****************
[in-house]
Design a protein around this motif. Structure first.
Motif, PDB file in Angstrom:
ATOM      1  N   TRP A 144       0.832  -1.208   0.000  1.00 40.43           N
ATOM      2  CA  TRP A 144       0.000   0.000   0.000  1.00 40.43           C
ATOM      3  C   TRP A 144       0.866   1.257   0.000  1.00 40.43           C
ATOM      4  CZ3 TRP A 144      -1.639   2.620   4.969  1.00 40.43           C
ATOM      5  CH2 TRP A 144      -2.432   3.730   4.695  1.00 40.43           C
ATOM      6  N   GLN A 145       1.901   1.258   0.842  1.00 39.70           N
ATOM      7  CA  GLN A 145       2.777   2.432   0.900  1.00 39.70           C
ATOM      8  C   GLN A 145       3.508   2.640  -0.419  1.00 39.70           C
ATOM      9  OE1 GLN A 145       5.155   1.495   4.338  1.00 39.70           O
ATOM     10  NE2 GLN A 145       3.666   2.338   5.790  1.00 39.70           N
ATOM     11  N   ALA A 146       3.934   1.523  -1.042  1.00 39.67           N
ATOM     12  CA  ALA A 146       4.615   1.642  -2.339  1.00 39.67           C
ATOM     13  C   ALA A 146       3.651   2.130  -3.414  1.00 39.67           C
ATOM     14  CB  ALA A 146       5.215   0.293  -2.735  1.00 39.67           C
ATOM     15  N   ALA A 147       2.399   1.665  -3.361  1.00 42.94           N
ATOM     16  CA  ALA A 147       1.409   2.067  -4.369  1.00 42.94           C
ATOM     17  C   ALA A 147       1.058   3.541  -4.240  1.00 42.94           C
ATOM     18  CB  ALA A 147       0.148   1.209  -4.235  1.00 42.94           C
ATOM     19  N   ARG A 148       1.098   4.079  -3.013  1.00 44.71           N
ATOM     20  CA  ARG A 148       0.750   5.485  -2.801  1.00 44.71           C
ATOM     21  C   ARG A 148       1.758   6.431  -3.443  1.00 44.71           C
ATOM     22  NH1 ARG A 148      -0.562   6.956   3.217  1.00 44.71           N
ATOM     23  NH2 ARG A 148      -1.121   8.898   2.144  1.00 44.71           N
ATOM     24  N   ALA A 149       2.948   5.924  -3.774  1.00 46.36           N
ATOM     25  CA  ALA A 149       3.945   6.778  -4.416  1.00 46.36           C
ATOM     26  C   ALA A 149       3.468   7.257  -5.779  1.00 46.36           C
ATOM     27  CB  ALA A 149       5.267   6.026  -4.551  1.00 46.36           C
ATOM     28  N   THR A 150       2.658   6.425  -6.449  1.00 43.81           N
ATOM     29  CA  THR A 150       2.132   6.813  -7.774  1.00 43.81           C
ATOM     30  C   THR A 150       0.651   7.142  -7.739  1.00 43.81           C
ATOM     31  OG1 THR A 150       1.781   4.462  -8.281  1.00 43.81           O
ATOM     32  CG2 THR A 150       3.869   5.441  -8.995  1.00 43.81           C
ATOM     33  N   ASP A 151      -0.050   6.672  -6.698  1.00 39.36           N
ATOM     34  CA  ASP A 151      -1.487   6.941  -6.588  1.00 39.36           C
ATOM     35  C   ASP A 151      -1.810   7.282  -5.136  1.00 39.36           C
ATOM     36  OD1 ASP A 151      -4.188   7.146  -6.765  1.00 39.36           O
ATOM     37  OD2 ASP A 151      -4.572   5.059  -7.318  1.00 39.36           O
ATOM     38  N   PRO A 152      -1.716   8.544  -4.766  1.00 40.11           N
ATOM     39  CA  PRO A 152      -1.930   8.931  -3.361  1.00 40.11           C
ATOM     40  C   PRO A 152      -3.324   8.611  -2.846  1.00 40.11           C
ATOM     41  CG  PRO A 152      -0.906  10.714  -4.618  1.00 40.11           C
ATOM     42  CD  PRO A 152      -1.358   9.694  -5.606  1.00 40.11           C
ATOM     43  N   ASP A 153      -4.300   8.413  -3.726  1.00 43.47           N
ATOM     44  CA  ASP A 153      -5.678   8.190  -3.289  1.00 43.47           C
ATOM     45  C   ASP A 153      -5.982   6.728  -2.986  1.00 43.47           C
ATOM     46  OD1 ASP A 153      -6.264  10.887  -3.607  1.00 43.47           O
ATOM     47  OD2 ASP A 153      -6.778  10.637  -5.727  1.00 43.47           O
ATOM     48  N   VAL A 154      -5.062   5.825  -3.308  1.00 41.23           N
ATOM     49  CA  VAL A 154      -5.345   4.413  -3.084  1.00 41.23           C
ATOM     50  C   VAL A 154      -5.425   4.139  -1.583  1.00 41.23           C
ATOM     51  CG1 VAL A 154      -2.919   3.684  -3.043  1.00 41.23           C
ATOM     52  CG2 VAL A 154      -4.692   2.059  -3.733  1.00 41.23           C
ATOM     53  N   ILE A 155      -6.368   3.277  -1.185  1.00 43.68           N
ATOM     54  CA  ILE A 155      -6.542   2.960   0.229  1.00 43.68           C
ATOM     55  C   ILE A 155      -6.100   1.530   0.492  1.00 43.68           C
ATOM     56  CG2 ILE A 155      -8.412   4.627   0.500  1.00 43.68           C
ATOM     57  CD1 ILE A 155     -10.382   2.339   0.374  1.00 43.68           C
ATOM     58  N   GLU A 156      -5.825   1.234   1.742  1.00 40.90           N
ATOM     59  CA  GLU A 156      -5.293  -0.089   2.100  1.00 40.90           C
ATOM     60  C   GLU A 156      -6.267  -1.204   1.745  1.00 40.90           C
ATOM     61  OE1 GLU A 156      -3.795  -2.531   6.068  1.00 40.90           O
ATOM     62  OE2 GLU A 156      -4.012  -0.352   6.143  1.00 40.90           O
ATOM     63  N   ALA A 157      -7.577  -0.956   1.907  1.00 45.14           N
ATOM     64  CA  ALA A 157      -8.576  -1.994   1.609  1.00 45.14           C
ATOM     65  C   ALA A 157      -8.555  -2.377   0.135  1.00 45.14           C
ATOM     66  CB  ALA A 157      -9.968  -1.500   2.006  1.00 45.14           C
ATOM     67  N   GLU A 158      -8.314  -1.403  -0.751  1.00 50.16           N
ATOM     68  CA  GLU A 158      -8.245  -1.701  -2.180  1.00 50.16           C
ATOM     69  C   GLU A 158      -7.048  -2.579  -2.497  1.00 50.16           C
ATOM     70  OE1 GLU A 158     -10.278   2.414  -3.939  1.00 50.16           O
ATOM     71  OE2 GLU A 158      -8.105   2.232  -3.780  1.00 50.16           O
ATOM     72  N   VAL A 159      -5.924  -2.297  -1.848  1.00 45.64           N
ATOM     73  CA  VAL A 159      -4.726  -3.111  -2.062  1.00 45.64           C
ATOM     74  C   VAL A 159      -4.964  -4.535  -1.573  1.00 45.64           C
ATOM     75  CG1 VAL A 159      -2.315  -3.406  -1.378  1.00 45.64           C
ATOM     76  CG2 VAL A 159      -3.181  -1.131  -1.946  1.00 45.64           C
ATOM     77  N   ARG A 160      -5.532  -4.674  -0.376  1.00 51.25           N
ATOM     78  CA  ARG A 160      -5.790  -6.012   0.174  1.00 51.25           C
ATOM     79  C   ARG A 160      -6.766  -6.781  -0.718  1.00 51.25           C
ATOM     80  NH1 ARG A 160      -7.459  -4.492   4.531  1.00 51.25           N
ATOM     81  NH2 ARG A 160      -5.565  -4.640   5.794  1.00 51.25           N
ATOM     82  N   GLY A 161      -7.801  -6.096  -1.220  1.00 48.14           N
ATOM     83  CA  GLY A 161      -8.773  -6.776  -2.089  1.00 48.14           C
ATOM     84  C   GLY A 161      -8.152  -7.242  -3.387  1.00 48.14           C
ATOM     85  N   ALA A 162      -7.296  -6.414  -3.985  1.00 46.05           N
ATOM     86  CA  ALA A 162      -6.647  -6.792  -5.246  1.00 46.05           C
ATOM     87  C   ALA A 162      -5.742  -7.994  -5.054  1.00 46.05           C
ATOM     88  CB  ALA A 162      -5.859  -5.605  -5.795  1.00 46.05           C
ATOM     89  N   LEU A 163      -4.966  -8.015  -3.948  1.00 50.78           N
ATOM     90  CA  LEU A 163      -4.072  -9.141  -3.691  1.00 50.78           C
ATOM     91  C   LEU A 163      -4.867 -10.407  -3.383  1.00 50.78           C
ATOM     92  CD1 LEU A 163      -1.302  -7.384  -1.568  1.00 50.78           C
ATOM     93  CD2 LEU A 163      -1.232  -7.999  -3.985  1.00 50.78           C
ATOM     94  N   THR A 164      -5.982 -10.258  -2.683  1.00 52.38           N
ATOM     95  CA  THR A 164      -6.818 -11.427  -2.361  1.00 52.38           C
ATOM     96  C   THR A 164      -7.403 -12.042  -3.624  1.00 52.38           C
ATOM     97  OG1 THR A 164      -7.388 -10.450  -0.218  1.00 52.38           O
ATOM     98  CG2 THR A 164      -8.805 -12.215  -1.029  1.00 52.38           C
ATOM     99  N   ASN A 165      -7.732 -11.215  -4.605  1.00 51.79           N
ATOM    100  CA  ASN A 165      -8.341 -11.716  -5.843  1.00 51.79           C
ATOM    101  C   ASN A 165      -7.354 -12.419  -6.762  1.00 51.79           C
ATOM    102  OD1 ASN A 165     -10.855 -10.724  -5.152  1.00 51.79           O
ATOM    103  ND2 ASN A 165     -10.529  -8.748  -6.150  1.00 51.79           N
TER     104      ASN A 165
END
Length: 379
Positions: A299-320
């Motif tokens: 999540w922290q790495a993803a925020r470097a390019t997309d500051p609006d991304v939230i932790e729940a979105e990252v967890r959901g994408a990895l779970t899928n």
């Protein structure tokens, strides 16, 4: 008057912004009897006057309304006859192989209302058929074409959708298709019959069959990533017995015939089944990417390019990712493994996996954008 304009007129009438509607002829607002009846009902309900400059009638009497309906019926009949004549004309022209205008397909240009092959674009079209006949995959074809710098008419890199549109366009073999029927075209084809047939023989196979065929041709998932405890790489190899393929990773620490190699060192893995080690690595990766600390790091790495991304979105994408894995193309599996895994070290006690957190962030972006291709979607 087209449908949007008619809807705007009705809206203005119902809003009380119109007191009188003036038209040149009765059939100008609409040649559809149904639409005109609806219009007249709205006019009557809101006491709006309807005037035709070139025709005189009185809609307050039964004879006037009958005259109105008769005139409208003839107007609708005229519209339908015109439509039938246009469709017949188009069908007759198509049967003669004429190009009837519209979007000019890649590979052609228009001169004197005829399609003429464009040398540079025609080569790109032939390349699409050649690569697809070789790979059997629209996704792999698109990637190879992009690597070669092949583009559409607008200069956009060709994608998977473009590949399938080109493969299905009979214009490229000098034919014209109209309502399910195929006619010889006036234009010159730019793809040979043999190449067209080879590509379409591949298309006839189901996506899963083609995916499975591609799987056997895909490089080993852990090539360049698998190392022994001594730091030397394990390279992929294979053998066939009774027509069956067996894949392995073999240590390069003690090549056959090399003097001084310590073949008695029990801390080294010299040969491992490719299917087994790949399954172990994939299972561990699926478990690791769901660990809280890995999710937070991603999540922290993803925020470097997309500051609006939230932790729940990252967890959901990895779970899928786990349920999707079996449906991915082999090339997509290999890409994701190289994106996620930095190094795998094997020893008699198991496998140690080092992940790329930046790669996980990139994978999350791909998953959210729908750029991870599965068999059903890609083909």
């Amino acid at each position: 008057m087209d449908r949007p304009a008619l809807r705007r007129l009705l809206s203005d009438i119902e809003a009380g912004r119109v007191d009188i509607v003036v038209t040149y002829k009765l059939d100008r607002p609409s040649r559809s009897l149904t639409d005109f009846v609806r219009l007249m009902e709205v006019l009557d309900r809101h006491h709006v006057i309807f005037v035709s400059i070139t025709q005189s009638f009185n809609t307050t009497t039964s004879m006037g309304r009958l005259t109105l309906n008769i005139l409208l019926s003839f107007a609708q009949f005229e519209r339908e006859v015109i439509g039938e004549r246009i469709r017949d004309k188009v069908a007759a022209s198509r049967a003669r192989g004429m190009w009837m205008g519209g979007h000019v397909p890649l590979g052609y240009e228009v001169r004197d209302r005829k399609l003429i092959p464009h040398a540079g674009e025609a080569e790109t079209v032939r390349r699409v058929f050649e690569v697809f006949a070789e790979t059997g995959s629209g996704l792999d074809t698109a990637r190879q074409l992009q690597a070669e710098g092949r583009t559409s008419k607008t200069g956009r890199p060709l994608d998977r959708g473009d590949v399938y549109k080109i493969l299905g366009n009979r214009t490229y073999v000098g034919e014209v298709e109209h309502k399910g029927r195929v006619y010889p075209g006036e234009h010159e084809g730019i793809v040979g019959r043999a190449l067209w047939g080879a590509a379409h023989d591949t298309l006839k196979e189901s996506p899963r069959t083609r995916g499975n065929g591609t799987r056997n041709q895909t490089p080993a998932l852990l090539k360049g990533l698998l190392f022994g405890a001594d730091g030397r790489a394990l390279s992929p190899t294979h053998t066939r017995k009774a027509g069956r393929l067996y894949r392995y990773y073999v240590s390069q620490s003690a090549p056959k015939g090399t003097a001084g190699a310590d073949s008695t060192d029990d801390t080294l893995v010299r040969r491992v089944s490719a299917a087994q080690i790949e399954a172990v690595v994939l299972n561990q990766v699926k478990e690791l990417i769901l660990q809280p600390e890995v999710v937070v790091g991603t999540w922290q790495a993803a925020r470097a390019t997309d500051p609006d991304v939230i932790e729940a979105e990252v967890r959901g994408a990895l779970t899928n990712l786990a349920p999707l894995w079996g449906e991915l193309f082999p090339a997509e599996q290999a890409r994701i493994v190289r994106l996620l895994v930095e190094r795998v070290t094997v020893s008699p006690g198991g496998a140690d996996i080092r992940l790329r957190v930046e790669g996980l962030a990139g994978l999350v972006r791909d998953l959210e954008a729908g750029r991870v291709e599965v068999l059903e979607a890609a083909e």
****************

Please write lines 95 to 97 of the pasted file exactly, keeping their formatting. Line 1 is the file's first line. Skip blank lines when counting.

ATOM     92  CD1 LEU A 163      -1.302  -7.384  -1.568  1.00 50.78           C
ATOM     93  CD2 LEU A 163      -1.232  -7.999  -3.985  1.00 50.78           C
ATOM     94  N   THR A 164      -5.982 -10.258  -2.683  1.00 52.38           N